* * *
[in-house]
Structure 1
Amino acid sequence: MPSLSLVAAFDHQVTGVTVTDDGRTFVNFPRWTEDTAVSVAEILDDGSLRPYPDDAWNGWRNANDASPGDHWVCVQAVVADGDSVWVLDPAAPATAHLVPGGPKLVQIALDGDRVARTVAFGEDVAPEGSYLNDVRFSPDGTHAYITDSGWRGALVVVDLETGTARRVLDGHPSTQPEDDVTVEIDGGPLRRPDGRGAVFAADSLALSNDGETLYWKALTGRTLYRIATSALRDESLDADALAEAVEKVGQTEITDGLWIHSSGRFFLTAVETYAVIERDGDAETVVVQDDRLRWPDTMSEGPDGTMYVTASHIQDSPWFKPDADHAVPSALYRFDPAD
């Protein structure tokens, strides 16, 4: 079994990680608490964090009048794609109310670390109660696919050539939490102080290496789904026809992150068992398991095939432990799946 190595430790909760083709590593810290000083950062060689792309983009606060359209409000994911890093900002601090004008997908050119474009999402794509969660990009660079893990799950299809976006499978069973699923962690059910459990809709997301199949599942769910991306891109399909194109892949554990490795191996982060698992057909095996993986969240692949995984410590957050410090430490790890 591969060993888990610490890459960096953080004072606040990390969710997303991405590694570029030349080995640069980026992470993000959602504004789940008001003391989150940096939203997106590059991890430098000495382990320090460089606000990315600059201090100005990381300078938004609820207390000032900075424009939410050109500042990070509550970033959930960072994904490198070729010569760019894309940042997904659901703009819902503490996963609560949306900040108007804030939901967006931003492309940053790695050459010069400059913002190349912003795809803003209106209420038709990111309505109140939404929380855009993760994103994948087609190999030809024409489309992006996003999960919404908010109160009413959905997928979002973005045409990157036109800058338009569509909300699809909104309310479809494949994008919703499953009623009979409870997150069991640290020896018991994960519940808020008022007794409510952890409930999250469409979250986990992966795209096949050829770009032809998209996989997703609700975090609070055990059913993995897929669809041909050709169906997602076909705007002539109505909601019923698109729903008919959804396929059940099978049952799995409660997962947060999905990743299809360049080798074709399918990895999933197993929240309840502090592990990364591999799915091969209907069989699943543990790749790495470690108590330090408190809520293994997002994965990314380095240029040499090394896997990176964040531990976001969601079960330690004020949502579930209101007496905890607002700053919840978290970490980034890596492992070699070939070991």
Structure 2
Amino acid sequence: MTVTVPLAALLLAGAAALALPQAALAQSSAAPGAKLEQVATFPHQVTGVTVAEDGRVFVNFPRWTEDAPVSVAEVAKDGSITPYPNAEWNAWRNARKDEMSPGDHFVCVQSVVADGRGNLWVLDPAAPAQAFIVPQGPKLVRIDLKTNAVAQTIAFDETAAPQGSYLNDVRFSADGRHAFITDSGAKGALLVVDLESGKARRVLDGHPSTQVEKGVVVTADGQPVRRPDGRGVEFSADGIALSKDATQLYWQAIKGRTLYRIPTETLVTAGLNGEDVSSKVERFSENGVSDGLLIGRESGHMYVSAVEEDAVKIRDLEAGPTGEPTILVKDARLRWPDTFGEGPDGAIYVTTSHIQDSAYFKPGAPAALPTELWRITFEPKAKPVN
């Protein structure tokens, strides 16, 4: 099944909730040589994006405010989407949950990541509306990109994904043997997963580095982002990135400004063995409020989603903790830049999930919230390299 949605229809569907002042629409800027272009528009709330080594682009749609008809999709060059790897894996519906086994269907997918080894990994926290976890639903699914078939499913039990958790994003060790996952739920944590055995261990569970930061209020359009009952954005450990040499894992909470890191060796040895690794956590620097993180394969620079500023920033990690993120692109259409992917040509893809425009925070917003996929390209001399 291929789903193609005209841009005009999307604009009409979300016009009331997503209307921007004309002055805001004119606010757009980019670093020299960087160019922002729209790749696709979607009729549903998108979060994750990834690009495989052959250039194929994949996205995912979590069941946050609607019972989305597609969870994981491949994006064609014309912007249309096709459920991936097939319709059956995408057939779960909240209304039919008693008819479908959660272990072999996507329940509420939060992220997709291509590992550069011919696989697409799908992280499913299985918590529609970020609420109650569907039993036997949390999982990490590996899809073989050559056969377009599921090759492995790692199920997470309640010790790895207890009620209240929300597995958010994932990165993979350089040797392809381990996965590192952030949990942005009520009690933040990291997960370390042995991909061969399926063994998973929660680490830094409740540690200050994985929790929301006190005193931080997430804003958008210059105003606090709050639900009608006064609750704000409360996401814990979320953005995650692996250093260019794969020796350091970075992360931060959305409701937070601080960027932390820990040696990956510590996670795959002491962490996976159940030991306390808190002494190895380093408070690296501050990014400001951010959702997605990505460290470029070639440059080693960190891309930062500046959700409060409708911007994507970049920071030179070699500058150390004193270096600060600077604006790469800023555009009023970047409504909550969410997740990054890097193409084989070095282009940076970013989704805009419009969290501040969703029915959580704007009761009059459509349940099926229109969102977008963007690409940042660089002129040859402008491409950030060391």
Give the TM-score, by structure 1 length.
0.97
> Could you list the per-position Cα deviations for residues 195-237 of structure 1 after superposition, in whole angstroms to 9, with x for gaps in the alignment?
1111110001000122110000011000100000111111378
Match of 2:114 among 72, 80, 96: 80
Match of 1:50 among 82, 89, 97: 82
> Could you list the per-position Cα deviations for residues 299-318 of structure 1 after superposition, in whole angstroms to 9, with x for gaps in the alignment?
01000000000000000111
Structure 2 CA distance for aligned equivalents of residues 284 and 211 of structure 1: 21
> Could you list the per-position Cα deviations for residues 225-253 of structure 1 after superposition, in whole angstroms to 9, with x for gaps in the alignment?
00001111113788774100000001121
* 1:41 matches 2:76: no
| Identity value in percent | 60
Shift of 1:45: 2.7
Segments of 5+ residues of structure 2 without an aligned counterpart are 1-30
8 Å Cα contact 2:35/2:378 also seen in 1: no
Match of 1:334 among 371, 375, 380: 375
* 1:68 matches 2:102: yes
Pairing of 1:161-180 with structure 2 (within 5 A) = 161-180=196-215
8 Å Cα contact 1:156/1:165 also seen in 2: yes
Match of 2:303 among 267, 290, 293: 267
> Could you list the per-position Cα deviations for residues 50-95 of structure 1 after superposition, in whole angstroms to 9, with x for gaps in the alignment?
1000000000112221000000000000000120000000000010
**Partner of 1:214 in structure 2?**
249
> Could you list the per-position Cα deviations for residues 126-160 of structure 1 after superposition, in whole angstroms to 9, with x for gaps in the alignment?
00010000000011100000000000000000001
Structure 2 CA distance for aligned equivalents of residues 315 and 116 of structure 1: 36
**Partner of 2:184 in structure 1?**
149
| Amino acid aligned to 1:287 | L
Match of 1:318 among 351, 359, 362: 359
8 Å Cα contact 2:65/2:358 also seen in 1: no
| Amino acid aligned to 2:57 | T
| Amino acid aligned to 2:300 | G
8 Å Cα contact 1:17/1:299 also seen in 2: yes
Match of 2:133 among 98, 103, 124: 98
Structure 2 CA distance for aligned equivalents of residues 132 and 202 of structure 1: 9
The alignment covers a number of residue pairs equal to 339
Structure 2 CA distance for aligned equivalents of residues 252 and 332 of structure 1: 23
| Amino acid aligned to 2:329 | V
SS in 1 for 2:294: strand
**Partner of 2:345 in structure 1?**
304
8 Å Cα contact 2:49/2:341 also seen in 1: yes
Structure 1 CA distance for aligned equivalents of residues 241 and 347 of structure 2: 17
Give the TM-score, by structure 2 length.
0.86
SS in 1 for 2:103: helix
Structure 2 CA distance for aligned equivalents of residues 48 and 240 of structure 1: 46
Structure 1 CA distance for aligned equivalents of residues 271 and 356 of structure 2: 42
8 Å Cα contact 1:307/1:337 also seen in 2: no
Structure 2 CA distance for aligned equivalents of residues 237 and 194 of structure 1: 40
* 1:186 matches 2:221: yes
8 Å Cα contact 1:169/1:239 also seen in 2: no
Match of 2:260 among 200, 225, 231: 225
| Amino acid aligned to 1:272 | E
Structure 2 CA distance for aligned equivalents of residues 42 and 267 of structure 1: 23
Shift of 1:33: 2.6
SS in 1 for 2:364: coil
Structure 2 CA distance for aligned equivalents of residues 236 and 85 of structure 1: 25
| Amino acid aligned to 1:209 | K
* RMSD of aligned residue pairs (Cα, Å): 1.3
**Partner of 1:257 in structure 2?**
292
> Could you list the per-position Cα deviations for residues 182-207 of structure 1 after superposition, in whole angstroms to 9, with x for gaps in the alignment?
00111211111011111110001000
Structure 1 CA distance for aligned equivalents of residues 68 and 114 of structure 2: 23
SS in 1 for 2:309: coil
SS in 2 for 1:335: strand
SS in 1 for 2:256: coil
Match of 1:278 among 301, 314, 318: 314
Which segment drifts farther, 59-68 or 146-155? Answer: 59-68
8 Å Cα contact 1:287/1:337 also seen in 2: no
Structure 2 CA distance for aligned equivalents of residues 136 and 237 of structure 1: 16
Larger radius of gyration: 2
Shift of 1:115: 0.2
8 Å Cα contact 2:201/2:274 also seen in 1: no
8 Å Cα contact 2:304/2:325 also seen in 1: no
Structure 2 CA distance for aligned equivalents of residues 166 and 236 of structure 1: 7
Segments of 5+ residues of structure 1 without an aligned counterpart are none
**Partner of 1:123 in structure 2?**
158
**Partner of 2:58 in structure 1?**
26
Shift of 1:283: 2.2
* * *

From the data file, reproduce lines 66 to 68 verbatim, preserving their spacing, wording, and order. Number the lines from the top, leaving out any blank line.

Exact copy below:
Shift of 1:33: 2.6
SS in 1 for 2:364: coil
Structure 2 CA distance for aligned equivalents of residues 236 and 85 of structure 1: 25